Vaya Con El Diablo
2010 // USA // Robert Rodriguez and Ethan Maniquis // September 6, 2010 // Theatrical Print (St. Louis Cinemas Moolah Theater)
B- - Among the fake trailers that played in the theatrical version of the Robert Rodriguez / Quentin Tarantino joint Grindhouse, the grainy, tobacco-yellow glimpse of the Mexploitation bloodbath Machete was distinguished by how little it left to the imagination. Directed by Rodriguez himself, the trailer essentially gave us the entire plot of the film: day laborer and former federale Machete (Danny Trejo) is hired as an assassin by an American politician, is subsequently double-crossed, and then proceeds to extract a grisly revenge with his titular weapon of choice. The trailer was punchy and funny, especially the tagline ("They just fucked with the wrong Mexican!"), but it didn't exactly demand to be expanded into a feature-length film. Nonetheless, Rodriguez has done exactly that, heedless that the endeavor undermines the wry cleverness of the whole fake trailer premise. Co-directed by Ethan Maniquis, a veteran of the editing shop at Rodriguez' Troublemaker Studios, Machete necessarily loses some of its jagged pithiness when expanded to 105 minutes. Moreover, there's no getting around the fact that the film is howlingly silly in a manner not seen in any non-Spy Kids Rodriguez venture since From Dusk Till Dawn. Unlike that film, however, Machete is unswerving in its tone: balls-out cheesiness with a slathering of Latino Pride. What sets it apart from slightly more vacuous guilty pleasures (e.g. The Losers) is its languid self-awareness, its cheeky attention to detail, and its crude but timely political consciousness. It also has Michelle Rodriguez in a beret, eye-patch, and bikini top, wielding a big fucking gun. Need I say more?
It's hardly worthwhile to recount the details of the plot, given that Rodriguez characteristically disregards narrative cohesiveness, preferring to giddily string together schlocky set pieces like combo punches in a fighting game. Suffice to say that Machete finds himself targeted by a vast conspiracy encompassing a reactionary Texas state senator (Robert De Niro), his wealthy PR svengali (Jeff Fahey), a border-patrolling vigilante (Don Johnson), and the Mexican drug lord (Steven Seagal) that just happens to have slaughtered our hero's family. In Machete's corner are his shotgun-toting priest brother (Cheech Marin), an idealistic ICE agent (Jessica Alba), and the aforementioned Michelle Rodriguez as a taco truck entrepreneur waging a secret guerilla war for illegal immigrants' rights. It's Rodriguez' revolutionary—archly referred to in Guevara-inspired iconography as "She"—who rallies a network of immigrant workers to Machete's side from Texas hotel rooms, restaurant kitchens, and garden tool sheds.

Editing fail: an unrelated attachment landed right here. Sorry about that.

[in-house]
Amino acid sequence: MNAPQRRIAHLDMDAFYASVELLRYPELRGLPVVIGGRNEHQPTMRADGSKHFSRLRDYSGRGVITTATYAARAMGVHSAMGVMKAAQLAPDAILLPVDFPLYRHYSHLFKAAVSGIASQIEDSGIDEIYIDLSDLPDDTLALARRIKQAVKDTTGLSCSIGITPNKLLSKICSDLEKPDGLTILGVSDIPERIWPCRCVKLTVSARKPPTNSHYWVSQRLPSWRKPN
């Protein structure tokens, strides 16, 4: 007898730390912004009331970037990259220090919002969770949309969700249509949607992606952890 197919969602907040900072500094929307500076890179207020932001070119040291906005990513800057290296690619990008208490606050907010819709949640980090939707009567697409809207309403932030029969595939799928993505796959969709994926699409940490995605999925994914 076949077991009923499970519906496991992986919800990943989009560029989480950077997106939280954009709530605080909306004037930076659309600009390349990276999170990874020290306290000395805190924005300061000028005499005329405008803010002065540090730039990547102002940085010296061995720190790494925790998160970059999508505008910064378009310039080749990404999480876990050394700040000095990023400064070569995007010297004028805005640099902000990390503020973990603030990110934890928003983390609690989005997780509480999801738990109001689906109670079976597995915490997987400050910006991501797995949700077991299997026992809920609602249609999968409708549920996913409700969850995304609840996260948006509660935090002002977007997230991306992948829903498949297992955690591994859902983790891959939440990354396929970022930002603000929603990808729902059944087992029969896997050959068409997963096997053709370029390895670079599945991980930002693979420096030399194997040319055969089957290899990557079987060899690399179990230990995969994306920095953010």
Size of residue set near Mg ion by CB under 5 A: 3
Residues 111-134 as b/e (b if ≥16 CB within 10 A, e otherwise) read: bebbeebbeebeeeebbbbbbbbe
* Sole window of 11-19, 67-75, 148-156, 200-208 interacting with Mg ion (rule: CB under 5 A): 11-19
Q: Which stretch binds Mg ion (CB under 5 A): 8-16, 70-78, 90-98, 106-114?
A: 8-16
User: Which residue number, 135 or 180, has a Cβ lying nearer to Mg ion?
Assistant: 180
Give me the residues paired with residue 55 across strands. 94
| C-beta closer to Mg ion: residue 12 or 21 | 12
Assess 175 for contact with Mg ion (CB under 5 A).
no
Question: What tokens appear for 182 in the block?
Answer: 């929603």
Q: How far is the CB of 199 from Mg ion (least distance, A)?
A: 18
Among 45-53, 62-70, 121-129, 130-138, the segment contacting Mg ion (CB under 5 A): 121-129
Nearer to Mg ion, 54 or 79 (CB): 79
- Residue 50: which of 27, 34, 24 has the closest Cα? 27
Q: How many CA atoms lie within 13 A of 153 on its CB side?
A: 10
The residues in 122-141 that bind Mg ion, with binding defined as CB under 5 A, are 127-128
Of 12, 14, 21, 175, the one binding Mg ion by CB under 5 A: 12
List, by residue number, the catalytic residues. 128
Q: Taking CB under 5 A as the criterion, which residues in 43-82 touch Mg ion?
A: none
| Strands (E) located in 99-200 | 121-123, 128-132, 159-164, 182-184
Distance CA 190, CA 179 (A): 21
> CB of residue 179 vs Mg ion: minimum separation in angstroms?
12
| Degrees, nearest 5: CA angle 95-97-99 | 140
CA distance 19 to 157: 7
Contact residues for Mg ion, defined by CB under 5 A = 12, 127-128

Rodriguez' persistent limitations as a filmmaker are unfortunately evident in Machete. The film harbors the customary groan-worthy dialog and disharmonious, slapdash storytelling that has been the director's stock and trade for some time. The latter is all the more apparent here, as Machete bears the often harsh seams of a film written around the scenes and one-liners established in the original trailer. Nonetheless, Rodriguez remains inimitable in his ability to strike a frantic pose directly on the thin line between the satirical and the legitimately ludicrous. Machete is clearly a winking enterprise overall, but how exactly are we to take the sight of Lindsay Lohan as a revolver-packing nun, sneering out the line, "In the name of the Father—I forget the rest"? Is it intended to invite a snort of disbelief or a guffaw of guilty delight? Perhaps both?
Cheese though it might be, Machete is an unabashedly populist film, in the rough manner of the exploitation films of yore. Its politics are hardly sophisticated stuff, manifesting primarily as fist-pumping affection for the Latino underdog in the face of racist cracker bogeymen. Rodriguez makes his villains easy to hate, his heroes easy to like, and puts all the lusciously hot women in the latter category. It would be crass as hell if it weren't so lip-smackingly mindful of its crassness, or so pointedly unconcerned with gravitas. Simply put, the film doesn't contain a jot of sobriety. Even a dreadful speech from Alba that shamelessly riffs on Malcolm X is played primarily for its intrinsic goofiness.
With his sun-cracked leather visage and wildcat manner—the solid physical presence, drowsy menace, and spitting fury when riled—Trejo seems born to play Machete, even if the character proves to be little more than a badass Mystery Man. Fahey and the achingly sexy-tough Rodriguez are also highlights, but let's not perpetuate the misconception that fine acting is the primary draw here. Machete is a film about a guy who kills people with machetes (and Bowie knives, and meat cleavers, and surgical saws...), and the fact that it's executed with vitality and brazenness doesn't mitigate its inherently lowbrow nature. Indeed, there's something invigorating about a film that's such stupid-fun and also boasts so many cunning flourishes. These include subtle touches like the green-brown bruises on Lohan's forearms, as well as screamingly obvious metaphors like the crucifix built from closed-circuit security monitors. Perhaps Machete's most cutting gesture is that every character—including the film's bigoted villains—is seen wolfing down Tex-Mex cuisine with gusto, suggesting that those who rail against a cross-border incursion are already a tad behind the curve.